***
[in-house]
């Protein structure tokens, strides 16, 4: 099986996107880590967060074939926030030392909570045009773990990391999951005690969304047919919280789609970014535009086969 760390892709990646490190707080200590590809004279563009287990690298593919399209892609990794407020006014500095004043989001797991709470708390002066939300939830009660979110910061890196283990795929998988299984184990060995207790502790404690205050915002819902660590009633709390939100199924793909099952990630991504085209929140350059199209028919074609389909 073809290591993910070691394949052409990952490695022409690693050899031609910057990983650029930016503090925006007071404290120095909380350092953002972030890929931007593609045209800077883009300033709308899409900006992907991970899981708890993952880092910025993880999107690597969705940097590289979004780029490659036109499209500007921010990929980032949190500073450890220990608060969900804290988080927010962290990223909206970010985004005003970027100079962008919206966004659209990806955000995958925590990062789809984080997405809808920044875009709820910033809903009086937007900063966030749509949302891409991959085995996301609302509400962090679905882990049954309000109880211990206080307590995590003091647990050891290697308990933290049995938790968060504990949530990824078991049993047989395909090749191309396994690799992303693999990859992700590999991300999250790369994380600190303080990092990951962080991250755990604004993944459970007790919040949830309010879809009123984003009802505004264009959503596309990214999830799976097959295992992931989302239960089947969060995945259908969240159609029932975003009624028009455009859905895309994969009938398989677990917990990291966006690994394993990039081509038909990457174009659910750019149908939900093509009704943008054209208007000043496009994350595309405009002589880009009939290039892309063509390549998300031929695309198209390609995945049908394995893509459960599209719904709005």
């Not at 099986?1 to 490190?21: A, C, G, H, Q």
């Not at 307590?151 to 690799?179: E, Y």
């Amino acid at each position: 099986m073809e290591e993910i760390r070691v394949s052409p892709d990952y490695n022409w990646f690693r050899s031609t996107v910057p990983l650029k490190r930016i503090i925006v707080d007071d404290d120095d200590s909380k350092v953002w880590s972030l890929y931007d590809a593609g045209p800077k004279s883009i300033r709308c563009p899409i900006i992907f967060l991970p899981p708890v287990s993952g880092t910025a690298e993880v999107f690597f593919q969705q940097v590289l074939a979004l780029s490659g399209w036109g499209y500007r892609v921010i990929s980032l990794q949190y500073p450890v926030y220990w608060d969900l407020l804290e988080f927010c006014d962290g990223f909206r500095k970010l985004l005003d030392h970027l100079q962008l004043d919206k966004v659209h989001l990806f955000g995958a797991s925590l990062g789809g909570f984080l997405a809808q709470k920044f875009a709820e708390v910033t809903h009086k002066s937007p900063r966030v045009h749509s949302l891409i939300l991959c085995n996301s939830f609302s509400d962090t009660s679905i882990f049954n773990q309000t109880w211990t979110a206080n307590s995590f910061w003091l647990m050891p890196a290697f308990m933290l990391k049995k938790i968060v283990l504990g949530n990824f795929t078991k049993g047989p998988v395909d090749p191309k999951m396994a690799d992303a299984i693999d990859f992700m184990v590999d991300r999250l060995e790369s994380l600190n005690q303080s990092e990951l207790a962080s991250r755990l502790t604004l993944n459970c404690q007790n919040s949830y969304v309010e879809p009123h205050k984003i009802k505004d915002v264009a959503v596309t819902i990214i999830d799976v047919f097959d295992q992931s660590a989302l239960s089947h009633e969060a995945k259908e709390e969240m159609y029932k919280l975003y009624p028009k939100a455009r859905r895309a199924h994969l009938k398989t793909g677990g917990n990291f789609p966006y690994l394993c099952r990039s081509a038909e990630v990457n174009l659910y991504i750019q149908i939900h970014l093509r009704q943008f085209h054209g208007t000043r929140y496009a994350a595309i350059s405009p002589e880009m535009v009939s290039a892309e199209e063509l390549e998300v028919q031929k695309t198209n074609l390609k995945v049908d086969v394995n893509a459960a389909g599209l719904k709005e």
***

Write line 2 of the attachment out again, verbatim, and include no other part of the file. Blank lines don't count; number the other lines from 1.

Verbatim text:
């Protein structure tokens, strides 16, 4: 099986996107880590967060074939926030030392909570045009773990990391999951005690969304047919919280789609970014535009086969 760390892709990646490190707080200590590809004279563009287990690298593919399209892609990794407020006014500095004043989001797991709470708390002066939300939830009660979110910061890196283990795929998988299984184990060995207790502790404690205050915002819902660590009633709390939100199924793909099952990630991504085209929140350059199209028919074609389909 073809290591993910070691394949052409990952490695022409690693050899031609910057990983650029930016503090925006007071404290120095909380350092953002972030890929931007593609045209800077883009300033709308899409900006992907991970899981708890993952880092910025993880999107690597969705940097590289979004780029490659036109499209500007921010990929980032949190500073450890220990608060969900804290988080927010962290990223909206970010985004005003970027100079962008919206966004659209990806955000995958925590990062789809984080997405809808920044875009709820910033809903009086937007900063966030749509949302891409991959085995996301609302509400962090679905882990049954309000109880211990206080307590995590003091647990050891290697308990933290049995938790968060504990949530990824078991049993047989395909090749191309396994690799992303693999990859992700590999991300999250790369994380600190303080990092990951962080991250755990604004993944459970007790919040949830309010879809009123984003009802505004264009959503596309990214999830799976097959295992992931989302239960089947969060995945259908969240159609029932975003009624028009455009859905895309994969009938398989677990917990990291966006690994394993990039081509038909990457174009659910750019149908939900093509009704943008054209208007000043496009994350595309405009002589880009009939290039892309063509390549998300031929695309198209390609995945049908394995893509459960599209719904709005």